U.S. appeals court rules against New Jersey sports betting law
NEW YORK (Reuters) - A U.S. appeals court on Tuesday ruled against a New Jersey law authorizing sports gambling in the state, upholding a lower court ruling that voided the state's repeal of some prohibitions against betting on games.
Attorneys and advisors had predicted that had New Jersey won, it would have enabled the state to grab a slice of a national market that could be as much as $400 billion and would have had implications beyond the state.
New Jersey Governor Chris Christie, who is running for the Republican presidential nomination for 2016, in October signed legislation partially repealing a ban on sports wagering in the state.
The state has struggled financially, suffering from credit downgrades and underfunded pensions. New Jersey stood to gain about $10 billion if legal sports betting spread, according to Dennis Drazin, an advisor to two parties involved in New Jersey's Monmouth Park Racetrack.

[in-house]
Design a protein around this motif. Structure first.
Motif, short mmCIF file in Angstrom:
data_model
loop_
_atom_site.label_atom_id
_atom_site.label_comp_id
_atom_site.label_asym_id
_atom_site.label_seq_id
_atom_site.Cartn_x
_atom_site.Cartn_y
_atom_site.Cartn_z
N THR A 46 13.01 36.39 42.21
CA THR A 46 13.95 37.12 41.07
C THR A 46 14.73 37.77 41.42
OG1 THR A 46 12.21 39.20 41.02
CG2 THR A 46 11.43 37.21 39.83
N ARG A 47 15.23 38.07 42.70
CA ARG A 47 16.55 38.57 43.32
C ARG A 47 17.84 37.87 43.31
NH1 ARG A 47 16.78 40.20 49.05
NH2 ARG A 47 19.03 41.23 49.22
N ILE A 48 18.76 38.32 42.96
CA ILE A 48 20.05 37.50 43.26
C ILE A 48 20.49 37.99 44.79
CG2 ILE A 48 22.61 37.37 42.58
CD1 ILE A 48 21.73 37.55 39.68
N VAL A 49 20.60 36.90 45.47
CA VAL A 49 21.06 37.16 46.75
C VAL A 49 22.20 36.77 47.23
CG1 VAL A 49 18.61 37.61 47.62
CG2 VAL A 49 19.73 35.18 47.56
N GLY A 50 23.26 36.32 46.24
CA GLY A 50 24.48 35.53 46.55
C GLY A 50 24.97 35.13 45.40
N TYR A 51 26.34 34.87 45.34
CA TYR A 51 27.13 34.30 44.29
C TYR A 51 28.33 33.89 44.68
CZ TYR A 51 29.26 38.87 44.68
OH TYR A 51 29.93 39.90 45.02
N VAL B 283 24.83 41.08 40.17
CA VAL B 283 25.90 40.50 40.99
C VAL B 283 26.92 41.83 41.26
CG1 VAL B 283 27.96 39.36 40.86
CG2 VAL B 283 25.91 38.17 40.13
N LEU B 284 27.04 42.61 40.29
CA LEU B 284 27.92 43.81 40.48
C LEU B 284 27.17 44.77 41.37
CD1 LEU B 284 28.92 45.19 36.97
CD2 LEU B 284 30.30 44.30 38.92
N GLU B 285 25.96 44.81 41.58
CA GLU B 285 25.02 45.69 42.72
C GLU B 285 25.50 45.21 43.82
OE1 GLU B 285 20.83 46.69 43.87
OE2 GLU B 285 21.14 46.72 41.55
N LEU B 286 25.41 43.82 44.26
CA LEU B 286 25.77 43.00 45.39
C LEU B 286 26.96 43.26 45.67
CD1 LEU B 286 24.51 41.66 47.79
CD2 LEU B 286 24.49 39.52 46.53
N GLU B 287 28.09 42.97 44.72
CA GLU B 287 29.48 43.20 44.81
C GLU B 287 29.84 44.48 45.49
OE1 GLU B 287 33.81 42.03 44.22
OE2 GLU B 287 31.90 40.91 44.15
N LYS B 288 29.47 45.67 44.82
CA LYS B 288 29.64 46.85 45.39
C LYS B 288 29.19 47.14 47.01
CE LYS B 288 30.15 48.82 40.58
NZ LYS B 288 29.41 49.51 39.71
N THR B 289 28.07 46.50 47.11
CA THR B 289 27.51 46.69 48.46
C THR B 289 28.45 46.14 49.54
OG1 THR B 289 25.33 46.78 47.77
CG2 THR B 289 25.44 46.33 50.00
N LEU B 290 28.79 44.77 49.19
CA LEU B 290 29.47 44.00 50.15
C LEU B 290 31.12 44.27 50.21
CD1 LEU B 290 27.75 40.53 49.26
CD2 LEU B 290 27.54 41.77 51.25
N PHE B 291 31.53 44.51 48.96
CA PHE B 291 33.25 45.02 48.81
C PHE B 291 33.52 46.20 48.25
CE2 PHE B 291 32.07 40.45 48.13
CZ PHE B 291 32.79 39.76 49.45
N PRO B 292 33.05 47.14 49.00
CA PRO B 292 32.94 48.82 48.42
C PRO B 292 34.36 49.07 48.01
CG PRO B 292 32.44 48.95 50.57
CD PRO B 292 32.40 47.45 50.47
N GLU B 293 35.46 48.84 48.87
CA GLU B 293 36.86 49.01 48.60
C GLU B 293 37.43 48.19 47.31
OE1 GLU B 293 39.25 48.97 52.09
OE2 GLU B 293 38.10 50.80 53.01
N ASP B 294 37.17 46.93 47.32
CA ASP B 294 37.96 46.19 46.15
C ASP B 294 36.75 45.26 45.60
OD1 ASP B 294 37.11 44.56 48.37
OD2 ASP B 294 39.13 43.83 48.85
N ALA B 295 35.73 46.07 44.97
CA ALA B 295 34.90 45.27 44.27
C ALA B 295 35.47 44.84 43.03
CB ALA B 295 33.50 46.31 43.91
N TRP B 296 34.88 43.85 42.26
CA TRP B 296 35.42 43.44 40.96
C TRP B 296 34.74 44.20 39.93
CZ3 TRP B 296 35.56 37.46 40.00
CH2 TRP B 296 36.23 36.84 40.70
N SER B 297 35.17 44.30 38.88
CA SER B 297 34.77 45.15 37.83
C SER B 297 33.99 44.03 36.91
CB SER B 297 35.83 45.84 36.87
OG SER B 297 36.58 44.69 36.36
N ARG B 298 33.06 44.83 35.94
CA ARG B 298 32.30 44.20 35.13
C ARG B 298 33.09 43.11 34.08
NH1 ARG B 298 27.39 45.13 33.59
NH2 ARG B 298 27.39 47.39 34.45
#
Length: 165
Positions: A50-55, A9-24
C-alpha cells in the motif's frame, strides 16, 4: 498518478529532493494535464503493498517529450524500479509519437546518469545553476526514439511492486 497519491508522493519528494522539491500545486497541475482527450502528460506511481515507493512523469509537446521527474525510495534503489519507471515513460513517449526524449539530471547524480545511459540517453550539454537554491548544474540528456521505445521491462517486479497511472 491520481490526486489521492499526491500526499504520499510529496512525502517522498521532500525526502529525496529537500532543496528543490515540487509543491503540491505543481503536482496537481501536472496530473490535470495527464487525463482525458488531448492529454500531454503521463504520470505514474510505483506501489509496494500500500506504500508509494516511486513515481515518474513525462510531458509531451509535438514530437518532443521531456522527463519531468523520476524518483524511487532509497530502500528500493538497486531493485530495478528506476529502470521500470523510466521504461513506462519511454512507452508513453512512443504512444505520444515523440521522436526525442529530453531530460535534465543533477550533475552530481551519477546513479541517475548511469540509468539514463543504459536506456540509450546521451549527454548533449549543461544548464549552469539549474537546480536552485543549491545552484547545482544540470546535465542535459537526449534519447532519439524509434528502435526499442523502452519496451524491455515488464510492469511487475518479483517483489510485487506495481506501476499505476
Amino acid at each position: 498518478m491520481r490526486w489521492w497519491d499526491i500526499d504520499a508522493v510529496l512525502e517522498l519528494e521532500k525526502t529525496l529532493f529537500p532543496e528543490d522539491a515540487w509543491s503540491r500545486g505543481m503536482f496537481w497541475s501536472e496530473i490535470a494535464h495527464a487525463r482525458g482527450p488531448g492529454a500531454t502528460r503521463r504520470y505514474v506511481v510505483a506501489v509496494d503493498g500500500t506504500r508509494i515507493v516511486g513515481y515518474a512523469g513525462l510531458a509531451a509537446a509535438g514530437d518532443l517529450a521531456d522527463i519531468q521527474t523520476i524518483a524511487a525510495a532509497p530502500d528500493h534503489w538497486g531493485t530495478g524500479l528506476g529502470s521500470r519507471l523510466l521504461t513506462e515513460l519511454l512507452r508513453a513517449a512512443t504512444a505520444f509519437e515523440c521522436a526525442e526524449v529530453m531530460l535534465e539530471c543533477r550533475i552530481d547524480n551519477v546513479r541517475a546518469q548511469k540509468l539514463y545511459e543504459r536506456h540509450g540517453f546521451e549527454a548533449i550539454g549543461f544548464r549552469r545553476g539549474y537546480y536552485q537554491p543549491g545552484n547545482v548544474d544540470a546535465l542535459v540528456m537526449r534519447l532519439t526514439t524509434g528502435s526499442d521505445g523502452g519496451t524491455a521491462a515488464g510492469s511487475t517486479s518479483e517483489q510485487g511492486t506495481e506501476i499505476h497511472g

The decision by the U.S. Court of Appeals for the Third Circuit was by a 2-1 vote.
"Besides ruling against New Jersey's plan to legalize sports betting, the Third Circuit did not offer a potential roadmap to legalization, as many had predicted, said Daniel Wallach, gaming attorney with Becker & Poliakoff in Florida.
Christie's office did not immediately comment.
The National Collegiate Athletic Association, National Football League, National Basketball Association and other leagues sued after New Jersey lawmakers legalized sports betting in 2012. The leagues said that violated a 1992 federal law that banned the activity in all but four states, particularly Nevada, where it was already allowed. Betting also threatens the integrity of sports games, they argued.
New Jersey lost, but tried again last year with legislation that attempted an end-run around the federal ban prohibiting states from authorizing, sponsoring, operating or licensing the practice. The measure essentially removed state control and deregulated sports wagering at casinos and racetracks. Continued...